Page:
A circuit constructed with components having the above values was operated at 70 megacycles with half power output at 20 megacycle bandwidth, i.e., the amplifier stage had a bandwidth of 20 megacycles. A typical gain of 15 db was achieved with the above circuit with no measurable impedance interaction between frequency selective networks 2 and 3.

It will be apparent from the above description that a novel transistorized amplifier has been provided which is capable of high frequency wide band operation with substantial isolation between the frequency selective circuits of the amplifier stage. Furthermore, the desired isolation is achieved by means of an active solid stage device which is illustrated as being an emitter-follower stage coupled between the amplifier and the selective elements.

While a particular embodiment of this invention has been described and shown, it will, of course, be understood that it is not limited thereto, since many modifications and variations in the method and the circuit arrangement and in the instrumentalities for carrying out the invention may be made. It is contemplated by the appended claims to cover any such modifications as fall within the true spirit and scope of this invention.

What is claimed as new and desired to be secured by Letters Patent is:

1. A solid state bandpass amplifier comprising:

(1) a low impedance input selective network;

(2) an output selective network, both of said networks being selective over the same band of frequencies;

(3) a transistor amplifying stage connected in a configuration having a high input impedance, the output of said amplifying stage being coupled to said output network;

(4) a transistor isolating stage connected in the common collector configuration and having its input coupled to the low impedance network and its output to the input of said amplifying stage, said isolating stage thus operating between a low input impedance and a high output impedance and its input impedance being substantially greater than the nominal impedance of said input net work so that a substantial impedance mismatch exists whereby Variations in the impedance of said output network have negligible effect on the existing mismatch and on said input network, said transistor isolating stage also reducing the impedance variation of the input network in proportion to the beta of said transistor whereby impedance variations of said input network have negligible effect on said output network and prevent interaction be tween said networks due to reflected impedances.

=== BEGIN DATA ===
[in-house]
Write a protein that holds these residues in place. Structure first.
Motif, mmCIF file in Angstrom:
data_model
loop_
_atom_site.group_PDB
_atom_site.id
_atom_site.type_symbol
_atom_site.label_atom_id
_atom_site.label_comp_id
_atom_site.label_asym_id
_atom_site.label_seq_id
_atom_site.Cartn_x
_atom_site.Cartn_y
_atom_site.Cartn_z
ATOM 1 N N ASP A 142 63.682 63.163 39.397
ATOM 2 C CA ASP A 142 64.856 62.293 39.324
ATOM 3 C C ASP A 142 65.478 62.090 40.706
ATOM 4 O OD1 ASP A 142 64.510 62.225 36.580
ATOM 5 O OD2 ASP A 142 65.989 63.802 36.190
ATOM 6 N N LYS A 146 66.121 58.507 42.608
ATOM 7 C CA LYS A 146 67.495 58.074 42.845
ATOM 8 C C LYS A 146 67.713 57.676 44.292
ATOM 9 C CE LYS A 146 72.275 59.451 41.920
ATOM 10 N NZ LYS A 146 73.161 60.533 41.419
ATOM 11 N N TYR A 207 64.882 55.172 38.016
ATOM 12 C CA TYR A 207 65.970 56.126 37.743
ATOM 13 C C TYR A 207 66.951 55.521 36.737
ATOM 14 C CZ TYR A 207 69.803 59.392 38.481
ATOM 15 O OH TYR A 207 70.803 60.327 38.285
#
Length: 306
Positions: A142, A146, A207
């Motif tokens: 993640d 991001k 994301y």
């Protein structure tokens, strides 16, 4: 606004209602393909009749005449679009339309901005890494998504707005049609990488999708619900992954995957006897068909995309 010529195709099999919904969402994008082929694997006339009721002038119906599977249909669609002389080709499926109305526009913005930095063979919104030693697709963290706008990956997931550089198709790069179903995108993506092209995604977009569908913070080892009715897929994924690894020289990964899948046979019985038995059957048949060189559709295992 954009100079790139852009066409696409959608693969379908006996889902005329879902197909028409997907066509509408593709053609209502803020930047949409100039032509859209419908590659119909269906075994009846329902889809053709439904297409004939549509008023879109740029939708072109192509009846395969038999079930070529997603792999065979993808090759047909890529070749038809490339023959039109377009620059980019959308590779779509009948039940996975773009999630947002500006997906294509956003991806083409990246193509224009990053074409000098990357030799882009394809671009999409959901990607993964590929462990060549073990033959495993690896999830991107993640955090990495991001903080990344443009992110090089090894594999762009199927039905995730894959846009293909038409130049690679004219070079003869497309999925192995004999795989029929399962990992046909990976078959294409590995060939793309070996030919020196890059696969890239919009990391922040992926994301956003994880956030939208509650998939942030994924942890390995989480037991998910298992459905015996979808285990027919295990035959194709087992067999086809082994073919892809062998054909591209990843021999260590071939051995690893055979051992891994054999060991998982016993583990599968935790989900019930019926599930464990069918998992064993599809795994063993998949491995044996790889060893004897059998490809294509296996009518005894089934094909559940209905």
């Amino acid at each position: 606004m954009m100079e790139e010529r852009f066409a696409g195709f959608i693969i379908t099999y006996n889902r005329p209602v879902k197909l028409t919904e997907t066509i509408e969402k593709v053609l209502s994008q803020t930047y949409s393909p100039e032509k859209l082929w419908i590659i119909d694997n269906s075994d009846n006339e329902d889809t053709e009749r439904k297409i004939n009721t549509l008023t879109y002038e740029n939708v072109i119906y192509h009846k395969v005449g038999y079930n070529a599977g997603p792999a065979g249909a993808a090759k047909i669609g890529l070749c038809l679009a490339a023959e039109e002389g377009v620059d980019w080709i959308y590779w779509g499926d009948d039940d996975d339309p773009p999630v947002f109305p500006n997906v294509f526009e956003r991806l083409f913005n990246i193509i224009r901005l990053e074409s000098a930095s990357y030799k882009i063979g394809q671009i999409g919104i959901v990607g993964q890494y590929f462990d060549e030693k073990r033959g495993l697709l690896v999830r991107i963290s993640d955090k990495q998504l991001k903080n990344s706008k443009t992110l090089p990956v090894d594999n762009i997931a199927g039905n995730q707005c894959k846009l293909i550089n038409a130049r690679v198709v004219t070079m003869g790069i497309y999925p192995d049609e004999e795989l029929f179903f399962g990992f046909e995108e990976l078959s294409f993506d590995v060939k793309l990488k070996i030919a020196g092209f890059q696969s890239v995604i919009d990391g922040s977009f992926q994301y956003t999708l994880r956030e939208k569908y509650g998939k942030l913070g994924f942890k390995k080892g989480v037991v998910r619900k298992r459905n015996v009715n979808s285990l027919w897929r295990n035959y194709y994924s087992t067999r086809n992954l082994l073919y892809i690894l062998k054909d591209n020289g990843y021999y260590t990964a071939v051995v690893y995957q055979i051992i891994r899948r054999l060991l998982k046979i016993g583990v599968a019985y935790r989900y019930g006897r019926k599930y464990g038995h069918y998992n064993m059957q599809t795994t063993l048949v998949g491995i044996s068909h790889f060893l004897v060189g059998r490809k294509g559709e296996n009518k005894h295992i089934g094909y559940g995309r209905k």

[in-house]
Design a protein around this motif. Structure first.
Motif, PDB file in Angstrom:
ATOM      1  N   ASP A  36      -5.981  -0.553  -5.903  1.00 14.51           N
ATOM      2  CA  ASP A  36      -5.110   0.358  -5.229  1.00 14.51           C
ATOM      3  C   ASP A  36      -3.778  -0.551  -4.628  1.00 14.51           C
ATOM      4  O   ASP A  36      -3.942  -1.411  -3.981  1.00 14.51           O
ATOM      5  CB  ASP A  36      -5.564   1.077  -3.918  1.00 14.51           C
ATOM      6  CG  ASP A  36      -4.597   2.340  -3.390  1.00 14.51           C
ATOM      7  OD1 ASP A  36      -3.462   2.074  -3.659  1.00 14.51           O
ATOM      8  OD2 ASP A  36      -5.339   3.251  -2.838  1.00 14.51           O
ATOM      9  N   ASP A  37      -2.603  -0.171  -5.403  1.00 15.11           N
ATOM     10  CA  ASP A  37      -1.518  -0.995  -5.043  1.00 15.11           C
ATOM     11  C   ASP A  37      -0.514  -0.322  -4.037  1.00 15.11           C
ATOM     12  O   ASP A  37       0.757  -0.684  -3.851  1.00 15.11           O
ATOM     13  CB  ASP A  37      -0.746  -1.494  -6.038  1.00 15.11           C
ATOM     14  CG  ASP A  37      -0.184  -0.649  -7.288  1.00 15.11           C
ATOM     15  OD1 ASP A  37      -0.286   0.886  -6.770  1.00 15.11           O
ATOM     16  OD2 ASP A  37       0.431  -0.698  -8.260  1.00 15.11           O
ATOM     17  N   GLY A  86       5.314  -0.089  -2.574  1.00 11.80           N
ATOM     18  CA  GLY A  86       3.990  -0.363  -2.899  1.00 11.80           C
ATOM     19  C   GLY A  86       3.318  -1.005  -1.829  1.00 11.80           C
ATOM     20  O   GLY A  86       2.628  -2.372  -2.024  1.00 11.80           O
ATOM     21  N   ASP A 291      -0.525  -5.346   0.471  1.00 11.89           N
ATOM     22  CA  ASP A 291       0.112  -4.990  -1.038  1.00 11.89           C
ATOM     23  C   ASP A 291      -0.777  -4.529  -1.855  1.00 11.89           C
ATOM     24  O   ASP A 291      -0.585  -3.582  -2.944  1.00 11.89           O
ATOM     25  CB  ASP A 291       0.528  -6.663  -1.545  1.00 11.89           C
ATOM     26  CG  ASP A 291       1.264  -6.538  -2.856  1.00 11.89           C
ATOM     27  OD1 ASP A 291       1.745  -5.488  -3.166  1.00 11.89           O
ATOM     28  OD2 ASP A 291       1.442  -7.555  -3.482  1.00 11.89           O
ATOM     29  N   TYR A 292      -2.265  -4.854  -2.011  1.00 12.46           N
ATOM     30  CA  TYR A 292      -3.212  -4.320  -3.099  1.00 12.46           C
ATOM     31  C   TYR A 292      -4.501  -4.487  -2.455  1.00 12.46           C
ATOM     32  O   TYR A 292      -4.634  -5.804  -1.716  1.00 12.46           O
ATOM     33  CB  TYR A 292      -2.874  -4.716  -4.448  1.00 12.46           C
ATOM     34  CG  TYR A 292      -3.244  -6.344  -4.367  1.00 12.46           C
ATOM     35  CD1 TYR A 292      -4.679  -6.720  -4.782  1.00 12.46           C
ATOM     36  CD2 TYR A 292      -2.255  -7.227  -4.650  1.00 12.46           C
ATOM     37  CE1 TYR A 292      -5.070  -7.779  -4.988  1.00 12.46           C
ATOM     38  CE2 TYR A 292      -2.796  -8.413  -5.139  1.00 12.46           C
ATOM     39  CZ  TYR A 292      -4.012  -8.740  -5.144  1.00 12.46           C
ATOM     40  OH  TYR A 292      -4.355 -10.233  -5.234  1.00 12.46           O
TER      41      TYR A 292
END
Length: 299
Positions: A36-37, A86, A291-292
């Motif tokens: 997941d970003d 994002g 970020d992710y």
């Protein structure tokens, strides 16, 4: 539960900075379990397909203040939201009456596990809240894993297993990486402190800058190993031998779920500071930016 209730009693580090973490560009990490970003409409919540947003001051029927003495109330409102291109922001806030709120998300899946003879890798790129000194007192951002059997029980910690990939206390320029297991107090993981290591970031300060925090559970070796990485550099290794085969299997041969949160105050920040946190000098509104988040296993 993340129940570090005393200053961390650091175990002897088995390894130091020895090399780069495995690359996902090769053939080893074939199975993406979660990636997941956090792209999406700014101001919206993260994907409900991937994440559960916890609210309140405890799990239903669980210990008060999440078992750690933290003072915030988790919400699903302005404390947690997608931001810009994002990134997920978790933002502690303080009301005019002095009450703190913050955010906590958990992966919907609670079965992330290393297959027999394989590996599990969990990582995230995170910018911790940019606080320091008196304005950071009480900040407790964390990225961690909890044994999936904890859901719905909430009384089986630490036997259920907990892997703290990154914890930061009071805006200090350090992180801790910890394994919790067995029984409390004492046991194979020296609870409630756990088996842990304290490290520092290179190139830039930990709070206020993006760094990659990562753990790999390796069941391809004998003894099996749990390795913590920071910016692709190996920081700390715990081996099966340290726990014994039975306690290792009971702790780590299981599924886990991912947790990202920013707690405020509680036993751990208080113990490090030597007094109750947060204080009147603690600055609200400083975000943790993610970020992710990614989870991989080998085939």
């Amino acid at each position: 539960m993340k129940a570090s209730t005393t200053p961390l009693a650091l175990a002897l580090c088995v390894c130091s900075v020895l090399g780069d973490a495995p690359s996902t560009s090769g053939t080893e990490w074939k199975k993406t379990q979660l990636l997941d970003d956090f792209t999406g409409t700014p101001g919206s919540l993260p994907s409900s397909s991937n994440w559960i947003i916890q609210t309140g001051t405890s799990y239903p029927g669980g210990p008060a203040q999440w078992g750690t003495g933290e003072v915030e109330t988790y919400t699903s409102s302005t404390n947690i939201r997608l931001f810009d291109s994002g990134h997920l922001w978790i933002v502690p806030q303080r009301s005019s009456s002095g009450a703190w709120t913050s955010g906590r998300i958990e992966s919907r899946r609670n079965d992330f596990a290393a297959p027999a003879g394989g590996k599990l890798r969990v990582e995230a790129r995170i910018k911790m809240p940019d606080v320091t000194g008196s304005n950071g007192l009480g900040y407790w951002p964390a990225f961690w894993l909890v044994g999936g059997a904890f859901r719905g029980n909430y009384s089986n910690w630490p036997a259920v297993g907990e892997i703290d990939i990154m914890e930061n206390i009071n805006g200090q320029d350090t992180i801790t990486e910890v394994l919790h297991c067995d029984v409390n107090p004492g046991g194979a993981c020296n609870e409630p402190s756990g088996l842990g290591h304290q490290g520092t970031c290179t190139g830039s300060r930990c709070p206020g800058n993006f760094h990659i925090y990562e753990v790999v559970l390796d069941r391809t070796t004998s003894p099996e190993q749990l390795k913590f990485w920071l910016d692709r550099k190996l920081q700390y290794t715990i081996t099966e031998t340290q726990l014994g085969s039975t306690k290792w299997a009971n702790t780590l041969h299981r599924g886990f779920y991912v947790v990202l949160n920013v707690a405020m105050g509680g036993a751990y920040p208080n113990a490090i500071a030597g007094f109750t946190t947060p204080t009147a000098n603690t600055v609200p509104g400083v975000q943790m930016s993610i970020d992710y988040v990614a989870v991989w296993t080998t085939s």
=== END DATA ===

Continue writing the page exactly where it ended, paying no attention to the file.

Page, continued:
2. A solid state bandpass amplifier, according to claim 1, wherein said transistor amplifying stage is connected in a common-emitter configuration.

3. A solid state bandpass amplifier, according to claim 1, wherein said input and output selective networks include a double tuned resonant circuit.

4. A solid state bandpass amplifier, according to claim 3, wherein said input selective network includes a further impedance dividing network coupled to said double tuned resonant network.

References Cited by the Examiner UNITED STATES PATENTS 2,894,126 7/59 Horgan. 2,983,875 5/61 Zechter 330-2l 3,061,792 10/62 Ebbingc 330-21 ROY LAKE, Primary Examiner.


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US2983875 *Apr 18, 1958May 9, 1961Philco CorpEmitter-follower coupled multisection filter circuit
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US3319079 *Apr 2, 1964May 9, 1967North American Aviation IncActive phase shift compensation network
US3361982 *Jul 25, 1963Jan 2, 1968Electronic AssociatesStabilized direct coupled transistor amplifier having low intermodulation distortion
US3628152 *Feb 25, 1970Dec 14, 1971Rca CorpTelevision tuning circuit utilizing voltage variable capacitance
US3961278 *Feb 18, 1975Jun 1, 1976Novanex Automation N.V.Transistor amplifier
US5239402 *Feb 16, 1990Aug 24, 1993Scientific-Atlanta, Inc.Push-pull optical receiver
US5267071 *Sep 3, 1991Nov 30, 1993Scientific-Atlanta, Inc.Signal level control circuitry for a fiber communications system
US5347388 *Sep 3, 1991Sep 13, 1994Scientific-Atlanta, Inc.Push-pull optical receiver having gain control
US5347389 *May 27, 1993Sep 13, 1994Scientific-Atlanta, Inc.Push-pull optical receiver with cascode amplifiers
US5477370 *Aug 22, 1994Dec 19, 1995Scientific-Atlanta, Inc.Push-pull optical receiver having gain control
US6963247 *Nov 21, 2003Nov 8, 2005Nokia CorporationGain stabilization technique for narrow band integrated low noise amplifiers
US20050110575 *Nov 21, 2003May 26, 2005Nokia CorporationGain stabilization technique for narrow band integrated low noise amplifiers
U.S. Classification330/305, 330/176, 330/185, 330/153, 330/192, 330/177
International ClassificationH03F3/191, H03F3/189
Cooperative ClassificationH03F3/191
European ClassificationH03F3/191